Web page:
“Success was my plan “A,” and I was not going to stop until I got there.”

Great advice.

How to Create Life-Changing Videos

In all reality, I was up next, but I will leave the stuff about me at the end and chat about Maria Andros.  To start, she is a fellow Croatian, but also she is a wizard when it comes to video.

Fellow Croatian Maria Andros and Myself – Yes, we are both dressed in the beautiful Croatian Adriatic Sea color. 

If you are in fitness, you have to do a video.

People want to check you out.

They want to see:

  • who you are
  • what you have to offer
  • how you can help them
  • what you know

I wouldn’t say I like doing videos, but I understand its importance and have put up a few hundred YouTube videos.  They have gotten better over the years, but I still have much to learn.

Let me share with you a few of the key points that I got from Maria’s presentation:

  • be warm and welcoming in your videos
  • talk in your videos like you are talking to one person
  • show confidence in the video
  • have a call to action, which is to get them to do something, like visiting your website or calling you for an appointment

Lessons from the Blonde Internet Surfer

On day 2, Joel Marion took the stage.  He talked about how to communicate with other online business owners to help each other reach their goals.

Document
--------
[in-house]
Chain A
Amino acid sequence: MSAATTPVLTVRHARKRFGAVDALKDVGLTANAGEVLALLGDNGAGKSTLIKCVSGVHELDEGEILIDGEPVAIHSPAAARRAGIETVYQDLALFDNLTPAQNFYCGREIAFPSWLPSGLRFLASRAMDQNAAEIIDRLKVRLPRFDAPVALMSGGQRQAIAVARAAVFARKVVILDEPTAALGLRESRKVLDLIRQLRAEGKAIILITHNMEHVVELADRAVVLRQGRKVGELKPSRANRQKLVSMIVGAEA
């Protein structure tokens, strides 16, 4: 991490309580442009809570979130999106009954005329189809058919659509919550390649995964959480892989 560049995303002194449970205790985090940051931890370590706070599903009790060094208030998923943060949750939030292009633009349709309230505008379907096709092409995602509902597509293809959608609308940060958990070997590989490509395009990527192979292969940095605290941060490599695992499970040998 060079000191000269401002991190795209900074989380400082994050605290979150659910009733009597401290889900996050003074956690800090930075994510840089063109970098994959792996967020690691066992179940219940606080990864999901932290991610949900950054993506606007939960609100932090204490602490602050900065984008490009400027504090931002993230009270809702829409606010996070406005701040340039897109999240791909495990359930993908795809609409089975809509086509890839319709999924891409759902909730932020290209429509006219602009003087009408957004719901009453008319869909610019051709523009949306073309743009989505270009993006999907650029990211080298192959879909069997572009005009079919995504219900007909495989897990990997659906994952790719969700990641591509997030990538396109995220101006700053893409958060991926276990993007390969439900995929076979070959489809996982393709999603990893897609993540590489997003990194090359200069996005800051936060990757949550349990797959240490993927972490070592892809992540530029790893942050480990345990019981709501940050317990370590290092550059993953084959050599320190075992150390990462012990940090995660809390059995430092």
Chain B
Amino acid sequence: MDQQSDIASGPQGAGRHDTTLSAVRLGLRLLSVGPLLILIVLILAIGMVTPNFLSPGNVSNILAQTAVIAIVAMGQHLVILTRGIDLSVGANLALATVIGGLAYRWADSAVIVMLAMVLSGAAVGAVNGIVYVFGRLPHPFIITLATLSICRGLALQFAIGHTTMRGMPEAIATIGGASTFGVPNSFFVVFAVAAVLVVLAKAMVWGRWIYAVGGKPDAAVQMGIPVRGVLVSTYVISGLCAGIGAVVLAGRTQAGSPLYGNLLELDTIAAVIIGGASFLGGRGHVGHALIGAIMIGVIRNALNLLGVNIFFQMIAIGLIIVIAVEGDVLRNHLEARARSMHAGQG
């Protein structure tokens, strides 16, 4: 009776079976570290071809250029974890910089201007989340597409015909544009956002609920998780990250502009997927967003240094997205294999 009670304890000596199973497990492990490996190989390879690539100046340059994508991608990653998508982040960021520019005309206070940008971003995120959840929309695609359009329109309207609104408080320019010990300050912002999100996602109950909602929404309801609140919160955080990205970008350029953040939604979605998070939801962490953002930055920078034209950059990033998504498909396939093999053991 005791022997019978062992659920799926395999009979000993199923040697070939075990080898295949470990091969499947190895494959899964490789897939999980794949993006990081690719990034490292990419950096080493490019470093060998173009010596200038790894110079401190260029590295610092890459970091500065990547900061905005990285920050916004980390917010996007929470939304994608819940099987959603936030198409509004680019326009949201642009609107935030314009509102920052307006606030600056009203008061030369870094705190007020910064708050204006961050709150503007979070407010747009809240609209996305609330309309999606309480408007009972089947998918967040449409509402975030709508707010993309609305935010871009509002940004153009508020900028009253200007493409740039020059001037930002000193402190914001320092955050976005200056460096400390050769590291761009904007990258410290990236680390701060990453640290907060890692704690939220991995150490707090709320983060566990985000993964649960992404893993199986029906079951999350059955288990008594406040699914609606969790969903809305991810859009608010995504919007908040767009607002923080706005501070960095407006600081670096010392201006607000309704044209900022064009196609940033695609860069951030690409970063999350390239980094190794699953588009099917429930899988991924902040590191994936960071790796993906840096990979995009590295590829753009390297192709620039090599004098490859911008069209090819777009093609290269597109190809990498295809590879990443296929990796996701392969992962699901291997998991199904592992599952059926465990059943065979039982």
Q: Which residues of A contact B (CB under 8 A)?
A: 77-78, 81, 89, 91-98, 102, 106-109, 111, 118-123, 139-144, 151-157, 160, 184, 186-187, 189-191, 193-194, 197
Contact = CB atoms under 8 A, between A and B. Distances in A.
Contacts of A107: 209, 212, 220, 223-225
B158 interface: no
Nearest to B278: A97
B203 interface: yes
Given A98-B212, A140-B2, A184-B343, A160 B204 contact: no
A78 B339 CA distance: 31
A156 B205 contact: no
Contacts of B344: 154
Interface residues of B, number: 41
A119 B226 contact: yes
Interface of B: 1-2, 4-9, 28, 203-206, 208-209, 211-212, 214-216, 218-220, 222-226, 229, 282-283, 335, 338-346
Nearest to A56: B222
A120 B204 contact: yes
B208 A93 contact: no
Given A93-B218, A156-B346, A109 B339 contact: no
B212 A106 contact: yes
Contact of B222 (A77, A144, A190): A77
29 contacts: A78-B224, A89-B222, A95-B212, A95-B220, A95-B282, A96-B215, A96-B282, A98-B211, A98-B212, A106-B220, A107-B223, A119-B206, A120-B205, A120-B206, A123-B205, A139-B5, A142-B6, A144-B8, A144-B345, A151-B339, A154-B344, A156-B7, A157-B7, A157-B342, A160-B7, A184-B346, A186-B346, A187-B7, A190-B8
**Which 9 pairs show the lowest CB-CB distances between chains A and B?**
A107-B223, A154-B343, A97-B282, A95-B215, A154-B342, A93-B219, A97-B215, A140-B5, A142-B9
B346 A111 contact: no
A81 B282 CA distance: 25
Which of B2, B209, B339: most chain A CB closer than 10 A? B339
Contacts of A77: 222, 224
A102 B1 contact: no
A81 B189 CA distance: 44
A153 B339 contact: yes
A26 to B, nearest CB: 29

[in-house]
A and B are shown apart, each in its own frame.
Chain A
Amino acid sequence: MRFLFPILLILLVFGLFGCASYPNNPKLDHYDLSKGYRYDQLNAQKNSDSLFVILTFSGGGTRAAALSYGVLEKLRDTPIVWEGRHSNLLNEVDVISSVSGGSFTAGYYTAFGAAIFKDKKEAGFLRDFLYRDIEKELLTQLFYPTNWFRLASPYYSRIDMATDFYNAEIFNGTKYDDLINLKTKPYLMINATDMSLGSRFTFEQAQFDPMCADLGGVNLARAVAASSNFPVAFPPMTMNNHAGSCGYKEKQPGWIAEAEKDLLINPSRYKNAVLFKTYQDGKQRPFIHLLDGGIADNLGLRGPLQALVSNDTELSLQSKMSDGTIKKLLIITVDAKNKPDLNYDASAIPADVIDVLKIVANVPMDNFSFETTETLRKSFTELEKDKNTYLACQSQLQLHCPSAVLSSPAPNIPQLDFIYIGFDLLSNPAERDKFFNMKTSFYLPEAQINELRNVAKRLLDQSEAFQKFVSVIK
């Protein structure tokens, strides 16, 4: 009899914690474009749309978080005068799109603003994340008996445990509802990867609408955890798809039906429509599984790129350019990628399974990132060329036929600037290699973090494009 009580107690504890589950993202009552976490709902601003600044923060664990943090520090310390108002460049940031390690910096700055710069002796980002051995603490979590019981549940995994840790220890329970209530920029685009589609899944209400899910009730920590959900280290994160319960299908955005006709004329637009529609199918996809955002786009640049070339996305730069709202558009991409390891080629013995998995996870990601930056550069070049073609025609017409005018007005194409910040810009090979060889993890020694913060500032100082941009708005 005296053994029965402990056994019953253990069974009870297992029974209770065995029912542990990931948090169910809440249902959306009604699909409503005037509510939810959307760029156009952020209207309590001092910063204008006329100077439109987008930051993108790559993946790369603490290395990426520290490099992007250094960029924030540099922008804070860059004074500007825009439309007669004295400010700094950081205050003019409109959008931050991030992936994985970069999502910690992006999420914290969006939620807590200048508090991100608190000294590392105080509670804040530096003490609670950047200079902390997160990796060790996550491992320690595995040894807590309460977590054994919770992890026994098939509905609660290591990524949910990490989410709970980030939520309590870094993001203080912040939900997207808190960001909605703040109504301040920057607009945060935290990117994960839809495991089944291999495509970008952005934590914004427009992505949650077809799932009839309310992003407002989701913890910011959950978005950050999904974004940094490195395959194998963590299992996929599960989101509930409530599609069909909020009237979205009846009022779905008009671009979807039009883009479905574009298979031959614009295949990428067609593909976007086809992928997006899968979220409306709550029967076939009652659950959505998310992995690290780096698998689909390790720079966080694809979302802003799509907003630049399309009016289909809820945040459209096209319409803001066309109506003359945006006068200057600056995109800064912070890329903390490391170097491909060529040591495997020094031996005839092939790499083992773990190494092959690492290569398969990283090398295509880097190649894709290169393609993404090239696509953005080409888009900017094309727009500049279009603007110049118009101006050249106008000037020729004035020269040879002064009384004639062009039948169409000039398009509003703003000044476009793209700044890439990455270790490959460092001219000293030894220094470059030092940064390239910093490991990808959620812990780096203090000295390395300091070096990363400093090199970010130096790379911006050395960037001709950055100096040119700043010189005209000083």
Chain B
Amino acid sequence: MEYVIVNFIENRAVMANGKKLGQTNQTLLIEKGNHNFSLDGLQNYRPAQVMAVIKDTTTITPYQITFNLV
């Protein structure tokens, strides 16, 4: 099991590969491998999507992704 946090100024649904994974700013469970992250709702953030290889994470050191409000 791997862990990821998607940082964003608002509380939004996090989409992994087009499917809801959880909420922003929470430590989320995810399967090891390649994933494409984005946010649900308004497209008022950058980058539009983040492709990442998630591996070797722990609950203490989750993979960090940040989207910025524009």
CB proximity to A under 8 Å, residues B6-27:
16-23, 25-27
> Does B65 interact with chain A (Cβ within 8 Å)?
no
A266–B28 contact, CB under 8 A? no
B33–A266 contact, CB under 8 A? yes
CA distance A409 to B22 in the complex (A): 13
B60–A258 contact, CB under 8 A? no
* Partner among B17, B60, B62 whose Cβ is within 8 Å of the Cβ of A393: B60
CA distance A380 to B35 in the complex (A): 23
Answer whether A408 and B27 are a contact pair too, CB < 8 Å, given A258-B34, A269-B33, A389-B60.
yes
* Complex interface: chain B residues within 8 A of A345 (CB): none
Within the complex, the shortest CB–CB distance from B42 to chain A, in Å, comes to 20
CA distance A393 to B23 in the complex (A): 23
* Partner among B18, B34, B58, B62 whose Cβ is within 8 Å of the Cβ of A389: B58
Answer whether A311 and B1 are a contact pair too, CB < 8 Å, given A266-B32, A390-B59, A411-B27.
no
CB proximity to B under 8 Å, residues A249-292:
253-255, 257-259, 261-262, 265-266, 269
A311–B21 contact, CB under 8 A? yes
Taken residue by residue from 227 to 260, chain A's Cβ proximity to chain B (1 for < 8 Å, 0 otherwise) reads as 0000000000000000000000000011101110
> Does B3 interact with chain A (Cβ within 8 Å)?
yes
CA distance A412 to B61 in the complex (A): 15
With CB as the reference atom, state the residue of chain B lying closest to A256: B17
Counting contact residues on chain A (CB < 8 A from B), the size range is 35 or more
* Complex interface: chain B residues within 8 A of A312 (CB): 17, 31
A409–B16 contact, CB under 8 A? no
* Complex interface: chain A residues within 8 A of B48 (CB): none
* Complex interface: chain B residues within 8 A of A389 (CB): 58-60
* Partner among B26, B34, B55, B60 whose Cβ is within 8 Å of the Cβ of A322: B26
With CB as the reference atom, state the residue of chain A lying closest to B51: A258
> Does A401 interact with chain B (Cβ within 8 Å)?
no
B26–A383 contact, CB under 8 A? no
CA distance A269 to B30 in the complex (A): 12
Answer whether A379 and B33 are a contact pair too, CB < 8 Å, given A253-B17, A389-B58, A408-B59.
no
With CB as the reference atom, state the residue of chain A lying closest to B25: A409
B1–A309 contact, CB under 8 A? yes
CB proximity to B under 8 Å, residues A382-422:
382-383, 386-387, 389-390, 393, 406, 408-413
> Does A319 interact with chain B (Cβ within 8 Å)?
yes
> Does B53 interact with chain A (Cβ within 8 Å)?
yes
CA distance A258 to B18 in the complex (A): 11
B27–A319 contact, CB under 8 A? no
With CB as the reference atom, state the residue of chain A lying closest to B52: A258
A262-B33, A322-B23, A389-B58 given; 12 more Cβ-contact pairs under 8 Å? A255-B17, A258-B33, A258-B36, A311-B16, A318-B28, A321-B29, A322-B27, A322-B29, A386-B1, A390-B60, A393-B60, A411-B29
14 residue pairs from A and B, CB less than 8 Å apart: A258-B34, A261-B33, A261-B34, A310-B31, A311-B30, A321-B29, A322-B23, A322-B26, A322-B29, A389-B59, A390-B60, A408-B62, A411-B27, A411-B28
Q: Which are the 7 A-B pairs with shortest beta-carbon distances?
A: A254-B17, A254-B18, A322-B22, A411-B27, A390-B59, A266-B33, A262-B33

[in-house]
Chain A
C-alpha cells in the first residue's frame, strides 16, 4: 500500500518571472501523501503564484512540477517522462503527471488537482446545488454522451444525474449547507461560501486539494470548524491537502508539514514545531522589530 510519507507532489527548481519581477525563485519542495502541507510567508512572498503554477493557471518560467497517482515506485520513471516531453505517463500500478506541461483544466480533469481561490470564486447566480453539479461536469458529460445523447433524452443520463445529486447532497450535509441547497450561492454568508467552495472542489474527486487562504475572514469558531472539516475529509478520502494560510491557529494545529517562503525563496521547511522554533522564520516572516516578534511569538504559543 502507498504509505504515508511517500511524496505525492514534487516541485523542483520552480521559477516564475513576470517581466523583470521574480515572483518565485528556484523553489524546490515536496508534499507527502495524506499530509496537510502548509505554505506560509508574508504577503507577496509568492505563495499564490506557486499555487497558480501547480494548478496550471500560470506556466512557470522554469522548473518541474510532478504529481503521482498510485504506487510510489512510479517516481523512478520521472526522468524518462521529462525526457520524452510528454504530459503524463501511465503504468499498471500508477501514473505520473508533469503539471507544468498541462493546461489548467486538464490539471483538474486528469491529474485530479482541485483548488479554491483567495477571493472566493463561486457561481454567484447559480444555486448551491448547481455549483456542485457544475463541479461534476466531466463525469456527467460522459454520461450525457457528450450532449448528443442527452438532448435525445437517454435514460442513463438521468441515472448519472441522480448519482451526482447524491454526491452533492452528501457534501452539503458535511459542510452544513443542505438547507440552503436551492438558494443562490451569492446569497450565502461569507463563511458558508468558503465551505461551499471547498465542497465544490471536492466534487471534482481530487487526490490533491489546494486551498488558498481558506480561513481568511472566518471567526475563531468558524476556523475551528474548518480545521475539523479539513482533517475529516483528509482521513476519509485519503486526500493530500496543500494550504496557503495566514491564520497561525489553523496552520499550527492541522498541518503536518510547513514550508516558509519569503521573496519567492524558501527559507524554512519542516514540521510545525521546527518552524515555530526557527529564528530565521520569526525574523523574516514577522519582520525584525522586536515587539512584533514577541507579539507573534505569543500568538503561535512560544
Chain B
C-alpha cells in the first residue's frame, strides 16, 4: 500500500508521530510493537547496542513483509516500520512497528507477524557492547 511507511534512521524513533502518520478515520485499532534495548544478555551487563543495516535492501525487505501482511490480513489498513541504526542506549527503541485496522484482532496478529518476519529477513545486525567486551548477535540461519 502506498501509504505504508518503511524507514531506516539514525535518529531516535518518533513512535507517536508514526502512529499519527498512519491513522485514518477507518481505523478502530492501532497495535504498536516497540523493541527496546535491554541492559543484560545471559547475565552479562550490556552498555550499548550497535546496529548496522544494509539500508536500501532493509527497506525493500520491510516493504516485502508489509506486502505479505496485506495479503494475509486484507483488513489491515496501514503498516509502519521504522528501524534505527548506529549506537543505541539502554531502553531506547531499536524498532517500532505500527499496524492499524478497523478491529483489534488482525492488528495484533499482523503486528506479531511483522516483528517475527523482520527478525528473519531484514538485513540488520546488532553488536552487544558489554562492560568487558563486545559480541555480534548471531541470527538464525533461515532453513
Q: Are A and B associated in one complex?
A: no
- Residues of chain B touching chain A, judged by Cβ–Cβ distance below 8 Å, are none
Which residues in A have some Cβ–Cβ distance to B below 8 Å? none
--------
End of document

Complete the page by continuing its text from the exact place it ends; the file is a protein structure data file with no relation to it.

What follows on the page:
Joel “The Internet Surfer” Marion and Me

What Joel had to say was amazing, but I got two things out of his presentation that is not related to his main topic but essential.

The First Time will Be an Utter Failure.

I think the best part of Joel’s story is his failures.

He has a very successful online business, but he had two failures that most people would have quit after when he started.  His first failure was when he started an online website where he invested all kinds of money in building it and all types of energy to create content for it, and it bombed.  I think the mistake he made was he did not do what Dan Ritchie did above, but he did learn from his mistake.  Keep reading.

Joel could have quit, but he kept moving forward.  Next was his print book, which was a huge hit, but the money was gone after a year, and he had to go back to being a PE teacher.

Most people would have quit here, but Joel said to himself, “I got to get out of here every day.”  Repeating this repeatedly led his mind to find the answer before it went crazy.  The answer was setting up an online business based on releasing fitness products.  Very much how Mac releases their products, or a movie is released.  When he was not working as a teacher, he studied and networking.  When the time was right, he put this plan into action, leading to the start of a successful business.

Everything You Do Has to Have a Hook

Joel repeated this over and over again during his presentation.

You are fundamentally saying it.  How do you or your services differ from everyone else?  Personal training is not enough, but if you have something that differentiates you and your service from other solutions, you will succeed.

Hmm, I am getting a little long-winded here.

Let me take a break.

I will continue with part 2 of what I learned at FBS12 in the next few days.

Thanks for reading.

Talk to you soon.

Rick Kaselj, MS